Q: Would you condone not vaccinating children at all, especially if they have a healthy diet/lifestyle? Or do you believe there are certain vaccinations, which are vital for children in our modern day? Also, don’t vaccinations compromise our immune systems? A: I do not share the view of many of my medical colleagues that full immunisation is essential for a child’s health. If parents make an informed decision not to vaccinate their child, then I do not believe this is irresponsible. Deciding if, how and when to vaccinate can be both difficult and confusing. However, I do recommend that all children are vaccinated against tetanus, while at the other extreme, I am at a loss to explain why all children are vaccinated against mumps, which, in the overwhelming majority of children, is a harmless illness. There is evidence that vaccinations can have adverse effects on our immune systems – for example, delaying giving a baby vaccines by a few months can reduce the risk of asthma by more than half.
Q: Overall what vaccinations would you recommend children in the UK to have, if any? A: I believe that parents should be allowed to make an informed decision as to what vaccines to give their child; this is what we encourage – and offer – at Babyjabs. Unless your child is never going to play in fields, then I would strongly encourage tetanus vaccination. I recommend vaccination against diphtheria and polio, but there is absolutely no need to start these at two months; unless the child is travelling to a high-risk area, both these vaccines could be left until later in childhood. On balance, giving the single measles vaccine is safer than catching measles. It is important that all girls are immune to German measles before they could become pregnant; immunity can be obtained by catching German measles naturally (though this is unlikely now that most children are immunised) or from vaccination. The benefits of vaccinating against the various types of meningitis (Hib, Meningitis C and Pneumococcus) and whooping cough are more finely balanced and depend on your priorities as a parent.
Q: When our son was six (five years ago) he had the measles vaccination only. Not long after, he was diagnosed with Type 1 diabetes and since then we have been reluctant to do the mumps and rubella as single vaccinations. The GP will only offer the MMR. What would you advise? A: There are certain vaccines that it may be best to avoid if your child, or a close relative, has diabetes. These include Hib, mumps, MMR and hepatitis B. It is not essential for a boy to be immunised against mumps or rubella – and you could get a blood test done to see if he is protected against measles.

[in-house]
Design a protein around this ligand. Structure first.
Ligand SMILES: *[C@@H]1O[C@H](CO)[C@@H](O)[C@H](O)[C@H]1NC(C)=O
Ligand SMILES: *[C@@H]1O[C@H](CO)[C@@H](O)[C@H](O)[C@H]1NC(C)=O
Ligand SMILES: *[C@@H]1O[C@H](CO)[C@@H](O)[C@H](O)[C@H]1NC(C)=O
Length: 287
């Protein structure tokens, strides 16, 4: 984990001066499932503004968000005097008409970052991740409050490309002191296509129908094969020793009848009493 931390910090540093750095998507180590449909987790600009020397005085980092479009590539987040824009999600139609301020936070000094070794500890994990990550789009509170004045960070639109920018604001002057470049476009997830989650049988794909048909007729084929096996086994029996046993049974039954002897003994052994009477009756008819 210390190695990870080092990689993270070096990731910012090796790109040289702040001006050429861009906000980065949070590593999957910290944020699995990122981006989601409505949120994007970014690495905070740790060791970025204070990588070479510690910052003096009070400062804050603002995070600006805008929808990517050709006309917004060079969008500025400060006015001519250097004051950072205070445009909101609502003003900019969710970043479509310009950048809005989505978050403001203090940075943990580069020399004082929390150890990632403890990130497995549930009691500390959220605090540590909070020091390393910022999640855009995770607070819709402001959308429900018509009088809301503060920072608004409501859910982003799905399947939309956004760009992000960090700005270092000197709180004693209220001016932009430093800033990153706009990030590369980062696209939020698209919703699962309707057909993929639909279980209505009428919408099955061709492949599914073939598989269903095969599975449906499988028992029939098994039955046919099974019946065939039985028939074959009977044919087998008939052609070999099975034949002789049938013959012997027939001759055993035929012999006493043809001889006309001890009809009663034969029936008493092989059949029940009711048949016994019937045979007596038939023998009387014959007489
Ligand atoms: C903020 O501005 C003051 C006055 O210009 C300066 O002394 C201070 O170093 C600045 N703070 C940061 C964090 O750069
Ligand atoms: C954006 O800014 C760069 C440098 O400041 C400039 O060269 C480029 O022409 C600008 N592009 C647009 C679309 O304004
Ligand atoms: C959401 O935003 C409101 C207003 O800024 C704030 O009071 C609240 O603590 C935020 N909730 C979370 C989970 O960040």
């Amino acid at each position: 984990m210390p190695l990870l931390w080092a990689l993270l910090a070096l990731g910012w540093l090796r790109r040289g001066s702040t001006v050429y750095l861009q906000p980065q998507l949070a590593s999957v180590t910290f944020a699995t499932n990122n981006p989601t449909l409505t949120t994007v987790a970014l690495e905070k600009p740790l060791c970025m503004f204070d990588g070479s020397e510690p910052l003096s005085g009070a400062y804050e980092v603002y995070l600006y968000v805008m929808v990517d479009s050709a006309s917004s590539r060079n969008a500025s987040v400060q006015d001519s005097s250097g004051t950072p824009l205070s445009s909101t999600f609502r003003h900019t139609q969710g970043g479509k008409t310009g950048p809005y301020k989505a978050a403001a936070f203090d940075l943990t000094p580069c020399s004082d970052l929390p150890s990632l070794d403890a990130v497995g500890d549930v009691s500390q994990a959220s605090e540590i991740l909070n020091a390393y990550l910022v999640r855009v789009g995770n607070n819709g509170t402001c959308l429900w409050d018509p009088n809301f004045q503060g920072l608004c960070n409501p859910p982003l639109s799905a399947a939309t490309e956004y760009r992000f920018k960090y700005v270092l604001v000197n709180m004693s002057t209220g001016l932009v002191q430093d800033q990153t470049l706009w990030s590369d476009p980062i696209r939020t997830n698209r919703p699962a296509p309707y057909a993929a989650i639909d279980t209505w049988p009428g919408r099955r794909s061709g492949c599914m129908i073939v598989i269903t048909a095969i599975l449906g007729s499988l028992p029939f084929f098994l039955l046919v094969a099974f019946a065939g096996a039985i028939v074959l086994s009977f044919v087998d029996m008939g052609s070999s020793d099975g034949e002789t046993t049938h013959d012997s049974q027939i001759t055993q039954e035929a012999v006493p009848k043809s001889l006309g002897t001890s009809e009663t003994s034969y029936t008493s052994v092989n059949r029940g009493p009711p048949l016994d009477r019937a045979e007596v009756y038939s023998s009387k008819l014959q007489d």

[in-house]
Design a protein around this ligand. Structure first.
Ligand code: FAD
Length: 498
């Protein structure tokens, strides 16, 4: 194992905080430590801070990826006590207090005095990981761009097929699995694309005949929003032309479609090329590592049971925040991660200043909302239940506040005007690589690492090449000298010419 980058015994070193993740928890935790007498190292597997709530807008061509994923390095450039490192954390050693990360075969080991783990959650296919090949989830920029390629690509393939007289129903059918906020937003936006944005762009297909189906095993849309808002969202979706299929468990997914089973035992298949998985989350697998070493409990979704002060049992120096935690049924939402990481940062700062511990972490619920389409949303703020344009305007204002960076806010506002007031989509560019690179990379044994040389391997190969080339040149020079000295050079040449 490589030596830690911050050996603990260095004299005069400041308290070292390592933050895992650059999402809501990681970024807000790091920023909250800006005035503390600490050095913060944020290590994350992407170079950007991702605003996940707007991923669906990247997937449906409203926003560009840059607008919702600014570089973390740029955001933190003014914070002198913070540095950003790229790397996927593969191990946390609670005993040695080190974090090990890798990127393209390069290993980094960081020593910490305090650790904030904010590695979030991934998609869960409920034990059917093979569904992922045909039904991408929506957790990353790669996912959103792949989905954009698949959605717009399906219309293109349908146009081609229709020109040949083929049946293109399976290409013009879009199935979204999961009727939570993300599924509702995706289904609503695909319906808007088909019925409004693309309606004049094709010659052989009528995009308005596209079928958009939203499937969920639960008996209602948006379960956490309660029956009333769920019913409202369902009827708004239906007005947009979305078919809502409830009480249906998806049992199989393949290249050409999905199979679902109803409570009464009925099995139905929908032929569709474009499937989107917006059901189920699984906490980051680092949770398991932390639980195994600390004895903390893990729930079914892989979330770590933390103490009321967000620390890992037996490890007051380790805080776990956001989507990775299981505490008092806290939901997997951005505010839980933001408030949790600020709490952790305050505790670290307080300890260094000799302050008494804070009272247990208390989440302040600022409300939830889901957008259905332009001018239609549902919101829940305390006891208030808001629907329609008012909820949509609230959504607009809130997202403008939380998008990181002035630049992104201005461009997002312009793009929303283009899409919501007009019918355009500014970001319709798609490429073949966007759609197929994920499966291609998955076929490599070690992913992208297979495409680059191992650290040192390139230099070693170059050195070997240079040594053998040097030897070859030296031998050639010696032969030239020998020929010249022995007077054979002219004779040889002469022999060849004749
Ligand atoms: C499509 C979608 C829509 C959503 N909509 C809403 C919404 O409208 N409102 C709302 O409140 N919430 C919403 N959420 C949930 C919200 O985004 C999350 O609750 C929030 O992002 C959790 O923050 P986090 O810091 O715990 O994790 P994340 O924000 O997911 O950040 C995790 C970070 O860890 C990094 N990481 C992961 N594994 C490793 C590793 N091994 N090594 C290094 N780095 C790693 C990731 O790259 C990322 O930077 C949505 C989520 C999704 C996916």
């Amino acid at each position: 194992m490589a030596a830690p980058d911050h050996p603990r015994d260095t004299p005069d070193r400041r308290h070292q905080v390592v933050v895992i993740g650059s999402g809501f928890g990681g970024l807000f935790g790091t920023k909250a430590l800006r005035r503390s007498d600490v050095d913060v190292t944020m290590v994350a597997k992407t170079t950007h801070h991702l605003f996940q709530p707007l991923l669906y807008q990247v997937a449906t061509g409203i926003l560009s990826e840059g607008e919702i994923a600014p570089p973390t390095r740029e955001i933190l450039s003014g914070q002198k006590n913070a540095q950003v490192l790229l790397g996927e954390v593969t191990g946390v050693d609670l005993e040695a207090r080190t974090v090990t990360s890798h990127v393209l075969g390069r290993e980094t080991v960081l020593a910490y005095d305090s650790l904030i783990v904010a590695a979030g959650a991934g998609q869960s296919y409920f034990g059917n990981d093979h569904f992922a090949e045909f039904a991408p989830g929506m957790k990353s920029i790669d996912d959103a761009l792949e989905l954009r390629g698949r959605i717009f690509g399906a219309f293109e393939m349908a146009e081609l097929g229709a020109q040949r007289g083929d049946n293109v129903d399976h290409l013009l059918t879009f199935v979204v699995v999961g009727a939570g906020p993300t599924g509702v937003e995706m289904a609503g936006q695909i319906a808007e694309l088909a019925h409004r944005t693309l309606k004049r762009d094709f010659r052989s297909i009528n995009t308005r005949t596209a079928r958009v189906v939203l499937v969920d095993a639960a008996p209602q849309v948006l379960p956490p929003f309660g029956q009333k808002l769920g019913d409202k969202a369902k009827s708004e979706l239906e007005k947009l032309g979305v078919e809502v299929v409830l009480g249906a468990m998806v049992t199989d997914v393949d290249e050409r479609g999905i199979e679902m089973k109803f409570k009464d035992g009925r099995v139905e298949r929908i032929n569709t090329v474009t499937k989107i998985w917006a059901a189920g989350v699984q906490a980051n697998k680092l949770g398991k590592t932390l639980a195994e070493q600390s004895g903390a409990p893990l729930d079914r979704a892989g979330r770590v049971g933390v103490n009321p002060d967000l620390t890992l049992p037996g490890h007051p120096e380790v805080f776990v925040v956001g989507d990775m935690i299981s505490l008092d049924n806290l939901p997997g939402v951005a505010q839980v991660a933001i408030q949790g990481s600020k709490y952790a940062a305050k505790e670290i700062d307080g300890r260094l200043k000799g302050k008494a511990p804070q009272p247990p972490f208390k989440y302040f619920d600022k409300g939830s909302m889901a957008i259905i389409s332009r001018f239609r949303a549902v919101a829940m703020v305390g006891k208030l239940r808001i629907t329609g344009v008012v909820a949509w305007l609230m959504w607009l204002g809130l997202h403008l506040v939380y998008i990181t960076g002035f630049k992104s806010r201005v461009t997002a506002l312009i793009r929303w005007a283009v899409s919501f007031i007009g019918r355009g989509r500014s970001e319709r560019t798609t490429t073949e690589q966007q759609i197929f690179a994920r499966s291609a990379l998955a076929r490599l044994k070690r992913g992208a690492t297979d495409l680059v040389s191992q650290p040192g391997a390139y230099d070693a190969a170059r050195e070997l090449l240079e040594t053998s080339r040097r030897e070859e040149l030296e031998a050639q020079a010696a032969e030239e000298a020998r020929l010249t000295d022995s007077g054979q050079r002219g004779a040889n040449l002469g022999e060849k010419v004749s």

Q: Please can you explain why MMR is so controversial and why it is considered okay to give these vaccines separately but not together? A: Of all the vaccines available, the MMR is the one about which I have the most concerns. Though safe in the majority, it is likely that it causes autism and bowel disease in a small number of susceptible children. Sadly there is no test to find out which children are more likely to develop problems after the MMR. It is probable that the single vaccines are safer, provided that they are separated by a sufficient amount of time – I usually suggest six months, though the optimum time is not known for certain. Separating out the vaccines by giving them singly minimises the risk of the viruses interacting in a way that could be harmful. The MMR is the only vaccine in use to contain three different live viruses, and this is believed to be the reason why it causes a problem in some children.
Q: My sons (5 and 10) had tetanus as part of their three, four and five month baby vaccinations. They have not had any other vaccinations as I am now very wary of them for various reasons including the preservatives used (eg aluminium). As tetanus is now only available as part of a cocktail, and as no one seems to know how many years protection tetanus vaccination provides, I have not given the boys their booster shots. I believe that a single tetanus vaccine is available in France, but do you know of any one offering it in this country? A: Your sons need tetanus boosters to remain immune. A total of five doses (the fifth usually given as a teenager) should offer good long-term protection. At Babyjabs we offer the single tetanus vaccine for use either as a primary course or as a booster.